Spanish designer, researcher, and entrepreneur Dr. Carmen Hijosa is the founder and chief executive officer of Ananas Anam. Hijosa’s first company was based in Ireland, where she designed and manufactured leather products for such companies as Harrods. Her work eventually brought her to the Philippines, where she saw a traditional Filipino shirt made out of pineapple leaves.

“As a designer, my objective was to create a product that carried social and ecological responsibility throughout its life cycle, and through it, do something about how to sustain and indeed to heal planet Earth through our actions,” Hijosa says. “Piñatex represents a sustainable solution in the face of today’s social and sustainable dilemmas.”

In an interview with Crane.tv, Hijosa explained that to create the final Piñatex material, the pineapple leaf fibers are made into a mesh, which then goes through both "mechanical and chemical processes to make it into a very strong product" that can be used to create a variety of products, including clothing, shoes, purses, accessories, and even upholstery.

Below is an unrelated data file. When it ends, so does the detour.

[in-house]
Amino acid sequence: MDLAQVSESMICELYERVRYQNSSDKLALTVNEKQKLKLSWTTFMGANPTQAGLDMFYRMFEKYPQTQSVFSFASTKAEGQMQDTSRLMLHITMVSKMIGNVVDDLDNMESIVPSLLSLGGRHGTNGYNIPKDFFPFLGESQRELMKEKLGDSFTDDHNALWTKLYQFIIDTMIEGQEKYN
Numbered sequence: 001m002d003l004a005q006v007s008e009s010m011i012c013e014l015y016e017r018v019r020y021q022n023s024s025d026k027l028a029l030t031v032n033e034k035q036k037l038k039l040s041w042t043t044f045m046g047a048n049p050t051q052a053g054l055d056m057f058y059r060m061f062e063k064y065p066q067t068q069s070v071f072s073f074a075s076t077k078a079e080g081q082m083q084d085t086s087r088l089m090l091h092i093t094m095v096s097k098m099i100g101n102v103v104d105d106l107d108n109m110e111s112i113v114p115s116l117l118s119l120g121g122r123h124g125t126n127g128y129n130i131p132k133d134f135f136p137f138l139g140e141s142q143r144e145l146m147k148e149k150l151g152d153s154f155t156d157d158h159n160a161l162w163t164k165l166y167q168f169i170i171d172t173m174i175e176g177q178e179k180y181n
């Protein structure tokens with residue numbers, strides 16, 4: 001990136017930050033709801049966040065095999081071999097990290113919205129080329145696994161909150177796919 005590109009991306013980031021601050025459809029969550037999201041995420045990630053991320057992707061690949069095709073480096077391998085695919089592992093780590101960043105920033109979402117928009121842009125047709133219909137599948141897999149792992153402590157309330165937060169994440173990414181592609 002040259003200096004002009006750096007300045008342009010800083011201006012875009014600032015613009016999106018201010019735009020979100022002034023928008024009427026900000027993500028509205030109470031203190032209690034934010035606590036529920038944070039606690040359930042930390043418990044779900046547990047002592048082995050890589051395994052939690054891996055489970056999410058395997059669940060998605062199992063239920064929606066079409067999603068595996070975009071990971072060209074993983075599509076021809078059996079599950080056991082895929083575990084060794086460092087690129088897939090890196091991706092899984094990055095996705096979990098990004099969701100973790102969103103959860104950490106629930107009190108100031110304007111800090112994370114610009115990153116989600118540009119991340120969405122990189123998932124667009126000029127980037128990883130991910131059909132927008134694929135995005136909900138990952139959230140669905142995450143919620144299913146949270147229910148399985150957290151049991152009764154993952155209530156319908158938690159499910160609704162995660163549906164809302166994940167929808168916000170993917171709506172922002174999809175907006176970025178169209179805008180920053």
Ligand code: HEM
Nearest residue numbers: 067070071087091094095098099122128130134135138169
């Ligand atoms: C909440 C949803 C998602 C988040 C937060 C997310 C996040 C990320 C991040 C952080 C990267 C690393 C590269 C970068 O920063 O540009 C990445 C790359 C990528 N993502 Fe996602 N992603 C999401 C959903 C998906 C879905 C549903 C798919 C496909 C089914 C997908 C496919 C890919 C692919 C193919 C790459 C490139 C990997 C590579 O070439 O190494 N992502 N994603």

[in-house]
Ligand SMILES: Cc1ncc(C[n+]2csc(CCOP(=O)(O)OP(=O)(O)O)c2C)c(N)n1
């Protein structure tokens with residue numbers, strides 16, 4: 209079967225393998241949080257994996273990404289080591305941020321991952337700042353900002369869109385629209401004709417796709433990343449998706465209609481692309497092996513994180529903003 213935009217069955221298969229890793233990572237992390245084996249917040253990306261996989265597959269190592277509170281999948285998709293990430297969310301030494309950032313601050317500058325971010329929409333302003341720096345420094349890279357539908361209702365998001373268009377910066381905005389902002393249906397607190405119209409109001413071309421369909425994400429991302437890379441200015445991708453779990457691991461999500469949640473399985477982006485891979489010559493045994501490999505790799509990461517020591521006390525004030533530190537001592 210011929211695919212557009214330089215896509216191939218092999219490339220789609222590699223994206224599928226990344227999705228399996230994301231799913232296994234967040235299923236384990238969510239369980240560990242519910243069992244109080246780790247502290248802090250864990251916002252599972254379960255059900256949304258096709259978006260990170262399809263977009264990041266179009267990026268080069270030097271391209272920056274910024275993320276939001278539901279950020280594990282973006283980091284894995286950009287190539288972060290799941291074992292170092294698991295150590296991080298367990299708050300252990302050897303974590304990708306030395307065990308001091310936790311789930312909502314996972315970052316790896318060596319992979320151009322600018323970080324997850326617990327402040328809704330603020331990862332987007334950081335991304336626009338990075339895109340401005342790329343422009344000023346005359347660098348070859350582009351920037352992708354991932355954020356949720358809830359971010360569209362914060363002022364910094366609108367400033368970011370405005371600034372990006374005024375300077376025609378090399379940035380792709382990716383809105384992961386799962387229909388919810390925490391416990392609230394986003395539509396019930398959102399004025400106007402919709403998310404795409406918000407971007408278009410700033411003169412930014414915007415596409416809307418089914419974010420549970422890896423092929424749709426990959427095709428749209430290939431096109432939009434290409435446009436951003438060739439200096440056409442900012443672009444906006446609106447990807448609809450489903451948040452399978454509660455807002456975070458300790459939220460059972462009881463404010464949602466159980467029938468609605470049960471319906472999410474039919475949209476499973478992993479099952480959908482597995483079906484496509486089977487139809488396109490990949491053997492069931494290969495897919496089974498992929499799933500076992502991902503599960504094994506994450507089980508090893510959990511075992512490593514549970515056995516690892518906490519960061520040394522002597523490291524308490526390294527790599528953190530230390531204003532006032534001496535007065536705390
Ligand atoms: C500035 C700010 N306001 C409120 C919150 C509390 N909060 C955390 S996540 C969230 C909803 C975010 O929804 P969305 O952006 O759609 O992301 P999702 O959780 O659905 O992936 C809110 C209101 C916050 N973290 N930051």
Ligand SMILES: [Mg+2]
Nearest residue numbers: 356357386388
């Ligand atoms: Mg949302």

Designed and made by NAE Vegan // Image courtesy Ananas Anam

You are probably wondering where to get some cool pineapple shoes of your own. Well, the wait is over—at least in certain parts of the world. A selection of the company’s products are available for purchase in the UK, as well as online. And well-known brands including Puma and Camper have already made prototypes using Piñatex.

Perhaps the even bigger question everyone is wondering is: do Piñatex products actually smell like pineapples? “No, there is no smell,” Rideau says. Now you know.

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The Most (and Least) Expensive States for Staying Warm This Winter
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It’s that time of year again: Temperatures outside have plummeted, while your monthly heating bill is on the rise. If you want an idea of how much heat will cost you this winter (perhaps you blocked out last year’s damage to your bank account), one reliable indicator is location.

Average energy expenses vary from state to state due to factors like weather, house size, and local gas prices. Using data from sources including the U.S. Energy Information Administration and the Environmental Protection Agency, WalletHub calculated the average monthly utility bill totals for all 50 states plus Washington D.C. in 2017.